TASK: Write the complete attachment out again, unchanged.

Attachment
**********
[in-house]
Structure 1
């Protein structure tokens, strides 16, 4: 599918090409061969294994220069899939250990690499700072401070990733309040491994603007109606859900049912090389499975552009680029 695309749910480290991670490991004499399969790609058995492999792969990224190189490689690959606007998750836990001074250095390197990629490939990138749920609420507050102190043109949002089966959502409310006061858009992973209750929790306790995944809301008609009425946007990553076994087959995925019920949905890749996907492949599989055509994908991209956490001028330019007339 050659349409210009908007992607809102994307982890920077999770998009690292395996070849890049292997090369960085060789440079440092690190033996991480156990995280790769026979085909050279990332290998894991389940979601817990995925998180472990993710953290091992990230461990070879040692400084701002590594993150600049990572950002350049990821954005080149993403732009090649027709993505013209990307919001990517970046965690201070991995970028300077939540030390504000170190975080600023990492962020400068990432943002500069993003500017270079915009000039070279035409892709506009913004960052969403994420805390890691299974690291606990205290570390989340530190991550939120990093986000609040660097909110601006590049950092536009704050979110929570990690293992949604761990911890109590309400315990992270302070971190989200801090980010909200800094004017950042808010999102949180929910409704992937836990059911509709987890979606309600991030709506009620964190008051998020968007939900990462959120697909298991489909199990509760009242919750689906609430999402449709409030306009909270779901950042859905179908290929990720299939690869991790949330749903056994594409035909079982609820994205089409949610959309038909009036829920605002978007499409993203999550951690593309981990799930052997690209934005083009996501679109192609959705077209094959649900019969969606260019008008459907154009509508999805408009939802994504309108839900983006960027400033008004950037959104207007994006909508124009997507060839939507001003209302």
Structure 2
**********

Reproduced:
[in-house]
Structure 1
């Protein structure tokens, strides 16, 4: 599918090409061969294994220069899939250990690499700072401070990733309040491994603007109606859900049912090389499975552009680029 695309749910480290991670490991004499399969790609058995492999792969990224190189490689690959606007998750836990001074250095390197990629490939990138749920609420507050102190043109949002089966959502409310006061858009992973209750929790306790995944809301008609009425946007990553076994087959995925019920949905890749996907492949599989055509994908991209956490001028330019007339 050659349409210009908007992607809102994307982890920077999770998009690292395996070849890049292997090369960085060789440079440092690190033996991480156990995280790769026979085909050279990332290998894991389940979601817990995925998180472990993710953290091992990230461990070879040692400084701002590594993150600049990572950002350049990821954005080149993403732009090649027709993505013209990307919001990517970046965690201070991995970028300077939540030390504000170190975080600023990492962020400068990432943002500069993003500017270079915009000039070279035409892709506009913004960052969403994420805390890691299974690291606990205290570390989340530190991550939120990093986000609040660097909110601006590049950092536009704050979110929570990690293992949604761990911890109590309400315990992270302070971190989200801090980010909200800094004017950042808010999102949180929910409704992937836990059911509709987890979606309600991030709506009620964190008051998020968007939900990462959120697909298991489909199990509760009242919750689906609430999402449709409030306009909270779901950042859905179908290929990720299939690869991790949330749903056994594409035909079982609820994205089409949610959309038909009036829920605002978007499409993203999550951690593309981990799930052997690209934005083009996501679109192609959705077209094959649900019969969606260019008008459907154009509508999805408009939802994504309108839900983006960027400033008004950037959104207007994006909508124009997507060839939507001003209302």
Structure 2